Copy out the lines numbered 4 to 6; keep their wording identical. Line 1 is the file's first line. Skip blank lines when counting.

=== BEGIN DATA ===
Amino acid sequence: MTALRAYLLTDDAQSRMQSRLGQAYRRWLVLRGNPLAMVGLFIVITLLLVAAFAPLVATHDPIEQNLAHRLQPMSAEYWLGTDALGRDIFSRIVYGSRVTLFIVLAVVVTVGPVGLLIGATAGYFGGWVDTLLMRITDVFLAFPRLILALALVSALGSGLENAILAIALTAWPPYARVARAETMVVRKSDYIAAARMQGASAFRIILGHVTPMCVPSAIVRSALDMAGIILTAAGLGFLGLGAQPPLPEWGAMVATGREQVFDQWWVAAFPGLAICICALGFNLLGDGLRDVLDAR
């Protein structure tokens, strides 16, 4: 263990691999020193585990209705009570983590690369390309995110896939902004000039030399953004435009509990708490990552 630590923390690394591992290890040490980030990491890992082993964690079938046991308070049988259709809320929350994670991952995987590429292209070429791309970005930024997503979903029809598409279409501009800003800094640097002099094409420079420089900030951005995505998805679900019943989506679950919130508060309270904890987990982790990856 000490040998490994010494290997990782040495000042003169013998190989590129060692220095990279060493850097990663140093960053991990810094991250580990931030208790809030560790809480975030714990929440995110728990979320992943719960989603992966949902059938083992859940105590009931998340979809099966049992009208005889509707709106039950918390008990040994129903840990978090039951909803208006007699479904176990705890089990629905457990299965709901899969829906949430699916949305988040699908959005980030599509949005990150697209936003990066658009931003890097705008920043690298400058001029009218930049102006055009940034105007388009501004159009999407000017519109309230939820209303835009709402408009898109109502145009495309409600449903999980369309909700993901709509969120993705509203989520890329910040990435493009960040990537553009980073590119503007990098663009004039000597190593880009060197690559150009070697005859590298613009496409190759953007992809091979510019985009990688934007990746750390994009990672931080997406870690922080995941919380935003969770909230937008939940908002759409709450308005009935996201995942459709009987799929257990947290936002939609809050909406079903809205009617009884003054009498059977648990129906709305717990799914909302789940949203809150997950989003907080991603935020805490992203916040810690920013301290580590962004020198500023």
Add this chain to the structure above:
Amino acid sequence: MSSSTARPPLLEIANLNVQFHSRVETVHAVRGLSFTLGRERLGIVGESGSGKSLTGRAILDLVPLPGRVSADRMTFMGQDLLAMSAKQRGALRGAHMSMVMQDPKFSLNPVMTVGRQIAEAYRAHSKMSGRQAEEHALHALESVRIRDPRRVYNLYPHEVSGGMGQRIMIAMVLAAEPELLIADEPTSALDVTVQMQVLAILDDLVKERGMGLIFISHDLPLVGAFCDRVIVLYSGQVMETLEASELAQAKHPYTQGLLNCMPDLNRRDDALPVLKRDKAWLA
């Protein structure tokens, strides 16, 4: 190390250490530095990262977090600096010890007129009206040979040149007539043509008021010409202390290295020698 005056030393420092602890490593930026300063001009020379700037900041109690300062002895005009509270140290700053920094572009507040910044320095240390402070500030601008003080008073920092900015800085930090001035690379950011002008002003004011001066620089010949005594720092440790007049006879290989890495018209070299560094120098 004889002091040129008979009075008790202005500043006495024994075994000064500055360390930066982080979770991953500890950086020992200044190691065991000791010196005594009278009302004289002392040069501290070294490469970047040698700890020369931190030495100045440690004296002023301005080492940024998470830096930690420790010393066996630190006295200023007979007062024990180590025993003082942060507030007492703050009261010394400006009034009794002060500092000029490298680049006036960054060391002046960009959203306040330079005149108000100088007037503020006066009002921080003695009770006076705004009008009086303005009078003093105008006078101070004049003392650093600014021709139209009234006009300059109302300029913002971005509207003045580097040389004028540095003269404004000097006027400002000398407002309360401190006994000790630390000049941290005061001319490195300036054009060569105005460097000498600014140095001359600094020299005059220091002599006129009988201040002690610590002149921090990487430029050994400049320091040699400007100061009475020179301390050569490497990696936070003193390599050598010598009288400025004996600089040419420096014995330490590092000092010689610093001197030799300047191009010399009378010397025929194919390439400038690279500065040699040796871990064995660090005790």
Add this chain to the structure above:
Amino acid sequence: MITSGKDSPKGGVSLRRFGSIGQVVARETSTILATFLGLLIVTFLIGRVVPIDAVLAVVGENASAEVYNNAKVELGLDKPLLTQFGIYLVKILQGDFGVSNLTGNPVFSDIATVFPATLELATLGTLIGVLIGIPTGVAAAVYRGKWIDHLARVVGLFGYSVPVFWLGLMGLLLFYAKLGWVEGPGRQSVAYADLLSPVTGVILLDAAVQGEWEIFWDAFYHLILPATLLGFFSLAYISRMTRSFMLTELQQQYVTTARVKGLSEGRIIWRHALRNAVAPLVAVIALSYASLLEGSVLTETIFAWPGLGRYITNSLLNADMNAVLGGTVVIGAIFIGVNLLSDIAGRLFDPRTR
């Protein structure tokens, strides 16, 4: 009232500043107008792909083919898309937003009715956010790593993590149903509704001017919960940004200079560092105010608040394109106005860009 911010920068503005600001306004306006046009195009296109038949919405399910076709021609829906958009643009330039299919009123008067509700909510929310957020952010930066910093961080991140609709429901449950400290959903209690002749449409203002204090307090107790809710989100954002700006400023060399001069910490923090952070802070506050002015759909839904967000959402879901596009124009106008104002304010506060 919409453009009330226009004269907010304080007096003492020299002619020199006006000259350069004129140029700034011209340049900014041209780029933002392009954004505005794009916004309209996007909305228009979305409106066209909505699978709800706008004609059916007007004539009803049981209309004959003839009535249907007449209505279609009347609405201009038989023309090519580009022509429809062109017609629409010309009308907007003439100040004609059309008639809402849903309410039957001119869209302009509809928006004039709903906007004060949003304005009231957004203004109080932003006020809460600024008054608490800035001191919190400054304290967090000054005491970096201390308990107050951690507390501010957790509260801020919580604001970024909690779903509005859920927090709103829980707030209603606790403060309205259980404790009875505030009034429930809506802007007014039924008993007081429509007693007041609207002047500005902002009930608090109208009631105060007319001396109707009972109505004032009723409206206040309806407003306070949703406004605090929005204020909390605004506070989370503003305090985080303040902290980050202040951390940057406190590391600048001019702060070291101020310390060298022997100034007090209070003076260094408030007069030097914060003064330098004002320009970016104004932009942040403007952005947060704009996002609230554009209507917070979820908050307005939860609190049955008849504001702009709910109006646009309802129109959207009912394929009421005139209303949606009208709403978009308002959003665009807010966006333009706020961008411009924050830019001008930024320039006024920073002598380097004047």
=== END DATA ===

Amino acid sequence: MSSSTARPPLLEIANLNVQFHSRVETVHAVRGLSFTLGRERLGIVGESGSGKSLTGRAILDLVPLPGRVSADRMTFMGQDLLAMSAKQRGALRGAHMSMVMQDPKFSLNPVMTVGRQIAEAYRAHSKMSGRQAEEHALHALESVRIRDPRRVYNLYPHEVSGGMGQRIMIAMVLAAEPELLIADEPTSALDVTVQMQVLAILDDLVKERGMGLIFISHDLPLVGAFCDRVIVLYSGQVMETLEASELAQAKHPYTQGLLNCMPDLNRRDDALPVLKRDKAWLA
């Protein structure tokens, strides 16, 4: 190390250490530095990262977090600096010890007129009206040979040149007539043509008021010409202390290295020698 005056030393420092602890490593930026300063001009020379700037900041109690300062002895005009509270140290700053920094572009507040910044320095240390402070500030601008003080008073920092900015800085930090001035690379950011002008002003004011001066620089010949005594720092440790007049006879290989890495018209070299560094120098 004889002091040129008979009075008790202005500043006495024994075994000064500055360390930066982080979770991953500890950086020992200044190691065991000791010196005594009278009302004289002392040069501290070294490469970047040698700890020369931190030495100045440690004296002023301005080492940024998470830096930690420790010393066996630190006295200023007979007062024990180590025993003082942060507030007492703050009261010394400006009034009794002060500092000029490298680049006036960054060391002046960009959203306040330079005149108000100088007037503020006066009002921080003695009770006076705004009008009086303005009078003093105008006078101070004049003392650093600014021709139209009234006009300059109302300029913002971005509207003045580097040389004028540095003269404004000097006027400002000398407002309360401190006994000790630390000049941290005061001319490195300036054009060569105005460097000498600014140095001359600094020299005059220091002599006129009988201040002690610590002149921090990487430029050994400049320091040699400007100061009475020179301390050569490497990696936070003193390599050598010598009288400025004996600089040419420096014995330490590092000092010689610093001197030799300047191009010399009378010397025929194919390439400038690279500065040699040796871990064995660090005790």
Add this chain to the structure above: